The winner and shortlisted entrants of this international competition will be featured and celebrated as part of the growing Pighog poetry and film community.

How to enter this competition

You must pick a poem from a Pighog poetry publication and create a 90-second film based around it. This could mean anything from an animation to a live action film. The winner of the main competition, as decided by the judges, will win the £500 prize as well as a feature on the Pighog website alongside their winning film.

The second part of the competition is the ‘Pighog People’s Choice Competition’ in which the judges will pick five outstanding films to be voted on by the public. The top voted film will receive a £100 prize and will be featured on the website alongside the overall competition winner.

The deadline for entries is 31 October 2013.

Once your entry has been filmed and rendered into an acceptable format (as shown in the competition’s terms and conditions), you will need to send it via Submittable. This enters you for both the main prize and the People’s Choice Competition. Along with your online submission you will need to send your entry fee. There are two categories for submission fees:

1. If you have purchased a Pighog poetry publication online since January 1st 2012, you will only have to pay a single £5 entry fee for a chance to win.

2. If you have not purchased a Pighog poetry publication online since January 1st 2012, you will need to pay a £10 entry fee to submit your film for your chance to win the full prize.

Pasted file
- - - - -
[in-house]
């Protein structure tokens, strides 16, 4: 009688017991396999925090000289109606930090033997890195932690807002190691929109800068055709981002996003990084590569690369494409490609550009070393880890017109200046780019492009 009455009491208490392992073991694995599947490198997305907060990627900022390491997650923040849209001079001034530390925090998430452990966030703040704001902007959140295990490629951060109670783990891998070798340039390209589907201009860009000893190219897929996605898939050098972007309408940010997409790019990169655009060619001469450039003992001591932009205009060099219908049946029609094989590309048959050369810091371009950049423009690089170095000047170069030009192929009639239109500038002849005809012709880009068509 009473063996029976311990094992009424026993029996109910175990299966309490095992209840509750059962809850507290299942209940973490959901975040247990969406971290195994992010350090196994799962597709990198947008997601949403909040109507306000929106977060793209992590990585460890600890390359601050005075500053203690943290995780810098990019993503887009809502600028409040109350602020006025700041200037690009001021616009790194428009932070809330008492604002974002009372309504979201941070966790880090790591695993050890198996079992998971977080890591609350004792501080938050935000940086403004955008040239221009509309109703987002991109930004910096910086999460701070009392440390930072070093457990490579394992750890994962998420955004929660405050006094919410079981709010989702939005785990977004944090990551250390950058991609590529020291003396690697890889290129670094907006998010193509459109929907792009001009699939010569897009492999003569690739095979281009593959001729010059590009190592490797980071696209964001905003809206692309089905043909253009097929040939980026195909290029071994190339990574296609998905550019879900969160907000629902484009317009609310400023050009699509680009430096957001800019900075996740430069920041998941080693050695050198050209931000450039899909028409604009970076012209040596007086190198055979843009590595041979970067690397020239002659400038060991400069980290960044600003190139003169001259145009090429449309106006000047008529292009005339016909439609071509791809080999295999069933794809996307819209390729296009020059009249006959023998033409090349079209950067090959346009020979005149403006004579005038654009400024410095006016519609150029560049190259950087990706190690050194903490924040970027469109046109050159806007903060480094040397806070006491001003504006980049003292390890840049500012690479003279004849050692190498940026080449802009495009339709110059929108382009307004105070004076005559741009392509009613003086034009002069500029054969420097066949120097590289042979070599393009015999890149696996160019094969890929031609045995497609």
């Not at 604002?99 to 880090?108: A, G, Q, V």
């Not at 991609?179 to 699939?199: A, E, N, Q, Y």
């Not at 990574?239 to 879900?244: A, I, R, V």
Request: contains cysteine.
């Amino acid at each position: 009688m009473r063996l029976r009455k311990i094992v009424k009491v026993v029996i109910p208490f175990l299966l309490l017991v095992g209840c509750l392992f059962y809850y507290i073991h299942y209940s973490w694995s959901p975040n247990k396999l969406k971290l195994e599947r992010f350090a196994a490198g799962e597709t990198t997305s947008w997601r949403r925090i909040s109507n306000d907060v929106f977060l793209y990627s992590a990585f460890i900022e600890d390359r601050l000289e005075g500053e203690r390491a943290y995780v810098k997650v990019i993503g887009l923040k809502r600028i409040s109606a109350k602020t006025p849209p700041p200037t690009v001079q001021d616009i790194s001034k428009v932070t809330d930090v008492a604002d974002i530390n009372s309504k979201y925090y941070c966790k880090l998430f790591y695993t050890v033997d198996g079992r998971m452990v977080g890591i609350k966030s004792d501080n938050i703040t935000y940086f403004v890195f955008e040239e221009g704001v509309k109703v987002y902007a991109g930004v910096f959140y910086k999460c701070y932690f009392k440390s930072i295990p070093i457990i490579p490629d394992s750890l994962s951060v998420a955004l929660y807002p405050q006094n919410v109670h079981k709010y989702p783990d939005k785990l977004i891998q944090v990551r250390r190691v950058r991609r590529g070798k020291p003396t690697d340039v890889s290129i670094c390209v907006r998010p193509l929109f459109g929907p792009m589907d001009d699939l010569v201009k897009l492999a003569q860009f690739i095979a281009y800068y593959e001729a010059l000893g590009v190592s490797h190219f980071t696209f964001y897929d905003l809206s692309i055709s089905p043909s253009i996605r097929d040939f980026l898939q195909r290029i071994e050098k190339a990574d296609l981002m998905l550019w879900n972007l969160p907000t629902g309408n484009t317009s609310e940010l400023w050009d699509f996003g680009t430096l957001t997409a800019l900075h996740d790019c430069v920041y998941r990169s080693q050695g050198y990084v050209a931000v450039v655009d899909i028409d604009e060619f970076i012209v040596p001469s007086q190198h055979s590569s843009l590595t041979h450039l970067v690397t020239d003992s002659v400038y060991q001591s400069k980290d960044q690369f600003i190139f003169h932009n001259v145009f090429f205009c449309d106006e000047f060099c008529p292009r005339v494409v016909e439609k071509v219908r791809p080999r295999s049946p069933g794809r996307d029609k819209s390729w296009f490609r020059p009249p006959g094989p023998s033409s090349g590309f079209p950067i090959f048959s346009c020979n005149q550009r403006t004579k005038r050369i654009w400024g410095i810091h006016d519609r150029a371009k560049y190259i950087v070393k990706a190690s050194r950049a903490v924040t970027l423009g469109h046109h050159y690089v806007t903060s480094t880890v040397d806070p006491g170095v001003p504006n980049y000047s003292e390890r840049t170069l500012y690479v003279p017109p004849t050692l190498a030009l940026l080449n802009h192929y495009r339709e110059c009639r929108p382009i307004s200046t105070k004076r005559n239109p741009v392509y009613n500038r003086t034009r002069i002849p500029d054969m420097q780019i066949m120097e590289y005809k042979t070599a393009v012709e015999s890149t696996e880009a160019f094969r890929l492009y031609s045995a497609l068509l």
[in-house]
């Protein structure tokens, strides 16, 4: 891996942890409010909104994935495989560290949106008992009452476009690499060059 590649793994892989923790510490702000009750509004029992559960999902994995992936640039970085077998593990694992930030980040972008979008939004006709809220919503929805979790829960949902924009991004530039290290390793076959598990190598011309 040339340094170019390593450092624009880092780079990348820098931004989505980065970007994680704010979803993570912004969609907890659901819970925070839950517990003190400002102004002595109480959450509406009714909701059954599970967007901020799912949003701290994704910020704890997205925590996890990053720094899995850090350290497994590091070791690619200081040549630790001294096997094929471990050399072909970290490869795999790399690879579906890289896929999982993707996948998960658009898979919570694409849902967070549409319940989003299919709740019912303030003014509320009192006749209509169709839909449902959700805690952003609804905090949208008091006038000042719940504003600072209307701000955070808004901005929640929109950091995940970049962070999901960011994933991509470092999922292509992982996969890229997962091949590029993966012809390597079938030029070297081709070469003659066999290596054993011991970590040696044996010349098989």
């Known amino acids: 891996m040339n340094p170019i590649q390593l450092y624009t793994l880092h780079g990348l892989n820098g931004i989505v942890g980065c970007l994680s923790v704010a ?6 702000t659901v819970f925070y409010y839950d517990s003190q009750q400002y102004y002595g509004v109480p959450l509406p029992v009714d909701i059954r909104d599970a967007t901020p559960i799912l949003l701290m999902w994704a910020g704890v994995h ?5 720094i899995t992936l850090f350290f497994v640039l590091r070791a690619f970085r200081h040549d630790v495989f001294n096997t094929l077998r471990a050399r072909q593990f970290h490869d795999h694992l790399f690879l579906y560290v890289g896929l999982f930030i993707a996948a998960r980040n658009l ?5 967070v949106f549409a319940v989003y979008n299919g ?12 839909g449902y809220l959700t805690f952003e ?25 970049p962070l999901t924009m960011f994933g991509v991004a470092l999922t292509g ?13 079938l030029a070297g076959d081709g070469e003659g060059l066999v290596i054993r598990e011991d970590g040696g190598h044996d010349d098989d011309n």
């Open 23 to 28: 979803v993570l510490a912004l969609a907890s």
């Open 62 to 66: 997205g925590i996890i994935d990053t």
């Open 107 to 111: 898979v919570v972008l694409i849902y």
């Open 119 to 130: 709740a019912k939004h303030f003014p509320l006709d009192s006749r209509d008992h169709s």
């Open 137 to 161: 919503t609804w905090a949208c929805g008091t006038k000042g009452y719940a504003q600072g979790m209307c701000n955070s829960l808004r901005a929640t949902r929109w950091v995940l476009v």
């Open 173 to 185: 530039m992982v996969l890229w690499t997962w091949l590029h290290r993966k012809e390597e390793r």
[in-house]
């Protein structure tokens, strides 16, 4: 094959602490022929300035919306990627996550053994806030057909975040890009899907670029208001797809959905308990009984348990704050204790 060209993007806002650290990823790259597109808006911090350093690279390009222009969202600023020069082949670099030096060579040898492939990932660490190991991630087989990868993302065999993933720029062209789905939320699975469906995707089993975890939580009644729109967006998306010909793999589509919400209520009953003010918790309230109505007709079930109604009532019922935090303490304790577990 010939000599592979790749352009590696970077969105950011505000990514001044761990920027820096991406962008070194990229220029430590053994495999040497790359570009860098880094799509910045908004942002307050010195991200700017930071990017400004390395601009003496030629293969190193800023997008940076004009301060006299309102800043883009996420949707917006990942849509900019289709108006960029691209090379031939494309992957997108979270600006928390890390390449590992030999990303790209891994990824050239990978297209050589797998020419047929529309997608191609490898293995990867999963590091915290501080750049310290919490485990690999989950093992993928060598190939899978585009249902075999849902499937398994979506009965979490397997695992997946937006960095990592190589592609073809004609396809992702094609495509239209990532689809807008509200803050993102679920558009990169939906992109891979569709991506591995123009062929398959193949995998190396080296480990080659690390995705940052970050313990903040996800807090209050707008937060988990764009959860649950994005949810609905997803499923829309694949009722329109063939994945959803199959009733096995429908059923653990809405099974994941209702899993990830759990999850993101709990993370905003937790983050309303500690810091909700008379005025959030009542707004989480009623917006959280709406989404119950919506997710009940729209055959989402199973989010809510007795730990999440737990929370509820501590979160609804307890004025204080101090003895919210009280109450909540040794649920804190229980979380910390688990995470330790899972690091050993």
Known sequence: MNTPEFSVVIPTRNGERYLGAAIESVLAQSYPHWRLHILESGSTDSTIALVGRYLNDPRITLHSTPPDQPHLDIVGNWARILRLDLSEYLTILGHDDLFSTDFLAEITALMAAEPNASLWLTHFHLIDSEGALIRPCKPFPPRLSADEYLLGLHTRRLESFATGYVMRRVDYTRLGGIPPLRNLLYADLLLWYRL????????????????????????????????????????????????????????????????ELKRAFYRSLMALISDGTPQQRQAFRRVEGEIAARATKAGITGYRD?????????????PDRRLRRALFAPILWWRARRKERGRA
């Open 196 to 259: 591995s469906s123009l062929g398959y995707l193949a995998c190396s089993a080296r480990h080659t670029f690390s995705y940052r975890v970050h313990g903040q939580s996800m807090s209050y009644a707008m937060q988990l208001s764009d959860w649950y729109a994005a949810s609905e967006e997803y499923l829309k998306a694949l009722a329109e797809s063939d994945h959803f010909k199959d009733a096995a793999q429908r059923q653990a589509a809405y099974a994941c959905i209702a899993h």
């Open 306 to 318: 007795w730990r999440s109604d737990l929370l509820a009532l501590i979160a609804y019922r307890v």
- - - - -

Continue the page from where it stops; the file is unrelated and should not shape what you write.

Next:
Find full details here:

How to make yourself heard as a songwriter

Singer songwriter Emily TeagueIn today’s guest post, singer-songwriter Emily Teague offers her tips for making it happen.

Most of my early childhood memories were musical ones. When I listened to music I would always imagine what the songs were about in my head. I had a keen sense of how music could convey feelings and I liked that too.

I think what most drew me was that I liked the idea that you could say something really personal without having to actually say it. You could communicate with people in a unique way. I liked the feeling of making something out of thin air too I think. My father used to call me the enigma, songwriting was a way of unveiling myself. Continue reading

Space, symbolism, folded paper…

Show Me How You Love cr Matthieu Leger

Show Me How You Love cr Matthieu Leger

I first encountered this artist’s creations at an exhibition by nomadic art exhibitors Antlers Gallery.

Matthieu Leger was seeing his pieces in situ for the first time, hanging from the ceiling struts of a stripped down warehouse room that aptly reflected the sense of space and scale in his artwork.

The one shown above, Show Me How You Love, drew me in from across the room, so that I drifted towards it then came to a halt, gazing into its depths as though into a clouded fish tank. At first I felt I was peering down from a balcony at a vast origami butterfly hanging over at atrium, and that the inkblot smudges were people walking far below. But the longer I looked, the more my sense of it shifted, and the more details I noticed, from the sketched paper boats to the fragments of text. Continue reading